Of all of these risks, slowed breathing tends to be the one with the most dangerous ramifications. If breathing slows too significantly, hypoxia can set in. This condition reduces vital oxygen flow to the brain.
In the long term, hypoxia can have dangerous effects. Neurological and psychological implications can include brain damage or coma. At its worst, hypoxia can lead to death. That is particularly common among fentanyl and heroin users.
What Is an Opioid Use Disorder (OUD)?
Initially, many people who use opioids to treat pain feel they can easily control their impulses or use. Over time, this proves to be a drastically unattainable reality.
That is because once opioid use has transitioned into an opioid use disorder, it’s considered a disease. A disease goes far beyond an individual’s ability or willpower. It’s chemically unlikely to simply stop craving a substance or chasing a high without medical assistance. Instead, it requires a specialized recovery program that takes mind and body into consideration.
Intervention is critical when symptoms of withdrawal become part of an opioid use disorder. Withdrawal symptoms can include anxiety and nausea, insomnia, agitation, hot flashes, sweating, and muscle cramps.
Abdominal pain, diarrhea, vomiting, and teary eyes are also common withdrawal symptoms addicts experience. These symptoms often lead to enhanced drug cravings.
What Is a Medication-Assisted Treatment (MAT) Program for Opioids?
As the number of substance use disorders continues to rise, recovery centers see the many benefits of implementing medication-assisted treatment (MAT) programs for opioids.
A medication-assisted treatment (MAT) program for opioids is an evidence-based approach to treat other substance use disorders. It involves the use of medications alongside behavioral therapies and counseling. The goal is to pave a path to recovery through a whole-patient-based treatment option.
It’s important to note that all medications used must be FDA-approved within a medication-assisted treatment (MAT) program for opioids. These programs are driven by clinical research and customized to each patient’s particular needs.
Medication-assisted treatment (MAT) programs for opioids are helpful when the patient suffers from an addiction to heroin, fentanyl, or prescription pain relievers. The comprehensive approach of the program is designed to:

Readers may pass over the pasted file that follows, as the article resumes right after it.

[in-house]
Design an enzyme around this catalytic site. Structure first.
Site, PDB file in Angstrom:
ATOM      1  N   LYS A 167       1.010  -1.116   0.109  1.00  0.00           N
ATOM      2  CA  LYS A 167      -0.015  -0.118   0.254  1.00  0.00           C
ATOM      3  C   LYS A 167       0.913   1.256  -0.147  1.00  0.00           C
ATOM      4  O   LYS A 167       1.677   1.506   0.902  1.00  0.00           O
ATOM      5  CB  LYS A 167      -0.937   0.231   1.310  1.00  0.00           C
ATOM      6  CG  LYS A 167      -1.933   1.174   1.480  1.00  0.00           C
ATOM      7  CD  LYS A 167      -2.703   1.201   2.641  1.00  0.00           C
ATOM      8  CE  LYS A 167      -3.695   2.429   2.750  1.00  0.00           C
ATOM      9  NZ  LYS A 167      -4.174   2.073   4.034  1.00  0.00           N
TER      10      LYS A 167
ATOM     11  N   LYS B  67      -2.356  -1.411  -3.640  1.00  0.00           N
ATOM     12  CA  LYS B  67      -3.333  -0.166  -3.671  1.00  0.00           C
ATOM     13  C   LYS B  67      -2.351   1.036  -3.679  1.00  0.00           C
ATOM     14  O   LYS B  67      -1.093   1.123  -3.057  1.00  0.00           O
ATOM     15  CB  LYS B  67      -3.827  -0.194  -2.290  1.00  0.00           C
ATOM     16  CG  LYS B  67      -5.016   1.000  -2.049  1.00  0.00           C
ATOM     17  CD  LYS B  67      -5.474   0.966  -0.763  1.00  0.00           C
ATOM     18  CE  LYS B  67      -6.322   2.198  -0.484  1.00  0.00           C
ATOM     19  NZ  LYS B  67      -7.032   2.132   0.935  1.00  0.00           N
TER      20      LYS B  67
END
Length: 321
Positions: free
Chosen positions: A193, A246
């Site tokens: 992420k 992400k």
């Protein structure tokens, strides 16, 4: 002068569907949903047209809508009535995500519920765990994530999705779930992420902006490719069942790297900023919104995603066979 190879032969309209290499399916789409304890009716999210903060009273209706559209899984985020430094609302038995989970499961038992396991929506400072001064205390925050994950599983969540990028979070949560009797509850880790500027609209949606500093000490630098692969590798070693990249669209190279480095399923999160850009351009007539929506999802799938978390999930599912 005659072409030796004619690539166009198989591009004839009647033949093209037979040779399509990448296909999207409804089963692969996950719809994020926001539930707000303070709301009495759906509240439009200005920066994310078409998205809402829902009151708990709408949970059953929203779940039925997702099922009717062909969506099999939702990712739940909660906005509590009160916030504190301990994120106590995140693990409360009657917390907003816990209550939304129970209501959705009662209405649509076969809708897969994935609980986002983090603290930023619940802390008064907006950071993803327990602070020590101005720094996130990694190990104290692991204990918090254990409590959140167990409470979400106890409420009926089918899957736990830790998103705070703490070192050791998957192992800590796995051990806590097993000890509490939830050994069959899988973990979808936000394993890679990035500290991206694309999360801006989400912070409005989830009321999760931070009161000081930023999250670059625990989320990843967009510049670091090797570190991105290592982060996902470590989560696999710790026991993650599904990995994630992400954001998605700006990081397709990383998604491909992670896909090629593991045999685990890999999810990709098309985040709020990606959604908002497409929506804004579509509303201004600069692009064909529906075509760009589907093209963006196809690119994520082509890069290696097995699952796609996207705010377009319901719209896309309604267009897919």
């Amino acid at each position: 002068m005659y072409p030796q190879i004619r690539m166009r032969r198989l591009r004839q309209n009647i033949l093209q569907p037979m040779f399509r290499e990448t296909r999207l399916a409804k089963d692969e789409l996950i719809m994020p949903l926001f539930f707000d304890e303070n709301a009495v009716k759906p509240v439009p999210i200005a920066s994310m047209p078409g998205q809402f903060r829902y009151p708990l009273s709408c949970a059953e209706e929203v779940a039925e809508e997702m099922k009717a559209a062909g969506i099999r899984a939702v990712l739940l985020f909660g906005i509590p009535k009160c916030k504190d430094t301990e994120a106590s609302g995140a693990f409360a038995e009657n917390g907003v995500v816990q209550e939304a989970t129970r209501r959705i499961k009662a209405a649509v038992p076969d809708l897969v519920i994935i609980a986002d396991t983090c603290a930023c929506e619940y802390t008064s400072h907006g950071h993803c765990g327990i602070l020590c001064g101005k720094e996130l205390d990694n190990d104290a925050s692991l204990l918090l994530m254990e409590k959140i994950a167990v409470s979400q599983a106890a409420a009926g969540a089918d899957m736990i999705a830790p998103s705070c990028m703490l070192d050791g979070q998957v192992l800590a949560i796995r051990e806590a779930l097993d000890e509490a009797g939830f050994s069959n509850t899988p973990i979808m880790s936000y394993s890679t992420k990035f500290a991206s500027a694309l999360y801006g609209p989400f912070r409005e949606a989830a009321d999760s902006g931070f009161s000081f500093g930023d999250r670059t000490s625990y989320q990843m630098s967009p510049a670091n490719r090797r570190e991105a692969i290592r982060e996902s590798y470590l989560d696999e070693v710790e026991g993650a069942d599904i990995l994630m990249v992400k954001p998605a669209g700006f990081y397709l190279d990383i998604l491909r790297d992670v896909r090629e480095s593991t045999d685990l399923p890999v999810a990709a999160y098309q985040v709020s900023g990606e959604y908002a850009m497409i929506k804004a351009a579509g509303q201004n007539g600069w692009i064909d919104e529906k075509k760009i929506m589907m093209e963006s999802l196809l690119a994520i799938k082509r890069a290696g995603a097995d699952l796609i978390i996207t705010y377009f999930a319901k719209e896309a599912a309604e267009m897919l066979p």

● Normalize body functions
● Level out brain chemistry
● Relieve cravings
● Block euphoric effects
These positive effects help an addict’s health physically and mentally. It also reduces the likelihood of an overdose.
The Effectiveness of Medication-Assisted Treatment Programs for Opioids
One of the most evident benefits of this program is the option to tailor the process to each individual patient. It’s a more comprehensive approach to opioid use disorders and has prompted a reduction in the need for these patients to participate in detox services.
Ultimately, these programs are designed with a full recovery in mind. A medication-assisted treatment program for opioids provides an addict with tools and resources to regain a self-directed lifestyle.
Additionally, this type of program also provides an improvement in the areas of:
● Treatment center retention rates
● Illicit opioid use
● Criminal activity involvement
● Successful employment
● Patient survival
Beyond these improvement factors, a combination of medication and therapy frequently contributes to a reduced risk of opioid addicts contracting HIV. It can also be a positive force in reducing the chances of an opioid addict contracting Hepatitis C or relapsing.
Medications Used Within MAT Programs
Within the parameters of medication-assisted treatment programs for opioids, doctors use several FDA-approved medications to help patients. These medications are administered to the patient slowly and gradually to relieve withdrawal symptoms and curb psychological cravings. They are helpful in achieving the more important evidence-based treatment goals of the program overall, such as physical sobriety and long-term recovery.
Opioid dependence medications commonly used include methadone, naltrexone, and buprenorphine. All three drugs are safe for long-term use. They’re used to counter the detrimental effects of heroin, morphine, codeine, oxycodone, hydrocodone, and more.
When paired with customized therapies, these medications can change the lives of those suffering from opioid use disorders. They play a critical role in the treatment plan and offer new solutions to a growing national health issue.
Reach Out Today
If you or someone you know is struggling with addiction, the compassionate team at The Haven New England is here to help. We offer multiple treatment types and levels of care to help patients get the lives they love back on track.
Reach out today to learn more about our treatment options (including medication-assisted treatment) and the admission process. If you want to speak with a representative, feel free to give us a call. We want to help you start your journey to long-term recovery.